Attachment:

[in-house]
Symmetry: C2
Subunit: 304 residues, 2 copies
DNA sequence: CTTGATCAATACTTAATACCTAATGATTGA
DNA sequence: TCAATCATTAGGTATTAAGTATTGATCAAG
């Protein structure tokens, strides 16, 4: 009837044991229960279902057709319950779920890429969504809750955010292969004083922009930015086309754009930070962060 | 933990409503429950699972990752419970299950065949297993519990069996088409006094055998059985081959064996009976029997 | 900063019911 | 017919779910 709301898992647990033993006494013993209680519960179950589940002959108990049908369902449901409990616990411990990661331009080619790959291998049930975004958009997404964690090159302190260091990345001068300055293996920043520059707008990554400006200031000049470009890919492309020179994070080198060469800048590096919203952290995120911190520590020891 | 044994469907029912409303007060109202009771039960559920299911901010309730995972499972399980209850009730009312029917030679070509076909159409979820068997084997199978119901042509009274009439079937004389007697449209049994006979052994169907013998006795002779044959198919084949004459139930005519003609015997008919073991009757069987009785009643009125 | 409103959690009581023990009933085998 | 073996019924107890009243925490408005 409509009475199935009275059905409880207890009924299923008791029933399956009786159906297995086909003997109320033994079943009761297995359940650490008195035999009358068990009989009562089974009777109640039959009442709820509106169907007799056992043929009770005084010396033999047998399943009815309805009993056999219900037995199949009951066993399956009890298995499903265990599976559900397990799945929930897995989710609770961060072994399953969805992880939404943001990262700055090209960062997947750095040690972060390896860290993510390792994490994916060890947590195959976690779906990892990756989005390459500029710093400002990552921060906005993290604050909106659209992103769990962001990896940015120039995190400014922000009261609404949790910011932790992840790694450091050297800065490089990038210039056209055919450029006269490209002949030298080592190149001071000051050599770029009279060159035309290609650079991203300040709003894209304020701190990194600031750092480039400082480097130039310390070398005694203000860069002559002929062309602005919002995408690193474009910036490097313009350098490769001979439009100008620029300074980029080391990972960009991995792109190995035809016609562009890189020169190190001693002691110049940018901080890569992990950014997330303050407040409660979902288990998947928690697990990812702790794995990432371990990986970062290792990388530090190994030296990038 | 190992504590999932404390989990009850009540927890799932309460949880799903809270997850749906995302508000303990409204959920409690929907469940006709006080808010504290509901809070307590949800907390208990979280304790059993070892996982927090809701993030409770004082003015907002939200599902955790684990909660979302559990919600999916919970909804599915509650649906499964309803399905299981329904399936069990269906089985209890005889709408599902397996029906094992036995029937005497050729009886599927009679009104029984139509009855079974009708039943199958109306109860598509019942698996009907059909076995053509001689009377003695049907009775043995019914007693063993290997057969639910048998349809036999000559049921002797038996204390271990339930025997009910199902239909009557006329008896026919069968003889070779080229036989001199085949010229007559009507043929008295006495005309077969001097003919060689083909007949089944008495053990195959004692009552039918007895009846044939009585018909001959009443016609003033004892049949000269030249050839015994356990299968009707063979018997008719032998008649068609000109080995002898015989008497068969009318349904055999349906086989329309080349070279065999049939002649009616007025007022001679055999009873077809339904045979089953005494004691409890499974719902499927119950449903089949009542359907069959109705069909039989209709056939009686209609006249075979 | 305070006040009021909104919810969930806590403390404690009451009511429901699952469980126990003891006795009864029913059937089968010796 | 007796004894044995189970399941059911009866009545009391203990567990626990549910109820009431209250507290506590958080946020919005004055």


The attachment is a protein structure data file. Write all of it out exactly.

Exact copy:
[in-house]
Symmetry: C2
Subunit: 304 residues, 2 copies
DNA sequence: CTTGATCAATACTTAATACCTAATGATTGA
DNA sequence: TCAATCATTAGGTATTAAGTATTGATCAAG
């Protein structure tokens, strides 16, 4: 009837044991229960279902057709319950779920890429969504809750955010292969004083922009930015086309754009930070962060 | 933990409503429950699972990752419970299950065949297993519990069996088409006094055998059985081959064996009976029997 | 900063019911 | 017919779910 709301898992647990033993006494013993209680519960179950589940002959108990049908369902449901409990616990411990990661331009080619790959291998049930975004958009997404964690090159302190260091990345001068300055293996920043520059707008990554400006200031000049470009890919492309020179994070080198060469800048590096919203952290995120911190520590020891 | 044994469907029912409303007060109202009771039960559920299911901010309730995972499972399980209850009730009312029917030679070509076909159409979820068997084997199978119901042509009274009439079937004389007697449209049994006979052994169907013998006795002779044959198919084949004459139930005519003609015997008919073991009757069987009785009643009125 | 409103959690009581023990009933085998 | 073996019924107890009243925490408005 409509009475199935009275059905409880207890009924299923008791029933399956009786159906297995086909003997109320033994079943009761297995359940650490008195035999009358068990009989009562089974009777109640039959009442709820509106169907007799056992043929009770005084010396033999047998399943009815309805009993056999219900037995199949009951066993399956009890298995499903265990599976559900397990799945929930897995989710609770961060072994399953969805992880939404943001990262700055090209960062997947750095040690972060390896860290993510390792994490994916060890947590195959976690779906990892990756989005390459500029710093400002990552921060906005993290604050909106659209992103769990962001990896940015120039995190400014922000009261609404949790910011932790992840790694450091050297800065490089990038210039056209055919450029006269490209002949030298080592190149001071000051050599770029009279060159035309290609650079991203300040709003894209304020701190990194600031750092480039400082480097130039310390070398005694203000860069002559002929062309602005919002995408690193474009910036490097313009350098490769001979439009100008620029300074980029080391990972960009991995792109190995035809016609562009890189020169190190001693002691110049940018901080890569992990950014997330303050407040409660979902288990998947928690697990990812702790794995990432371990990986970062290792990388530090190994030296990038 | 190992504590999932404390989990009850009540927890799932309460949880799903809270997850749906995302508000303990409204959920409690929907469940006709006080808010504290509901809070307590949800907390208990979280304790059993070892996982927090809701993030409770004082003015907002939200599902955790684990909660979302559990919600999916919970909804599915509650649906499964309803399905299981329904399936069990269906089985209890005889709408599902397996029906094992036995029937005497050729009886599927009679009104029984139509009855079974009708039943199958109306109860598509019942698996009907059909076995053509001689009377003695049907009775043995019914007693063993290997057969639910048998349809036999000559049921002797038996204390271990339930025997009910199902239909009557006329008896026919069968003889070779080229036989001199085949010229007559009507043929008295006495005309077969001097003919060689083909007949089944008495053990195959004692009552039918007895009846044939009585018909001959009443016609003033004892049949000269030249050839015994356990299968009707063979018997008719032998008649068609000109080995002898015989008497068969009318349904055999349906086989329309080349070279065999049939002649009616007025007022001679055999009873077809339904045979089953005494004691409890499974719902499927119950449903089949009542359907069959109705069909039989209709056939009686209609006249075979 | 305070006040009021909104919810969930806590403390404690009451009511429901699952469980126990003891006795009864029913059937089968010796 | 007796004894044995189970399941059911009866009545009391203990567990626990549910109820009431209250507290506590958080946020919005004055």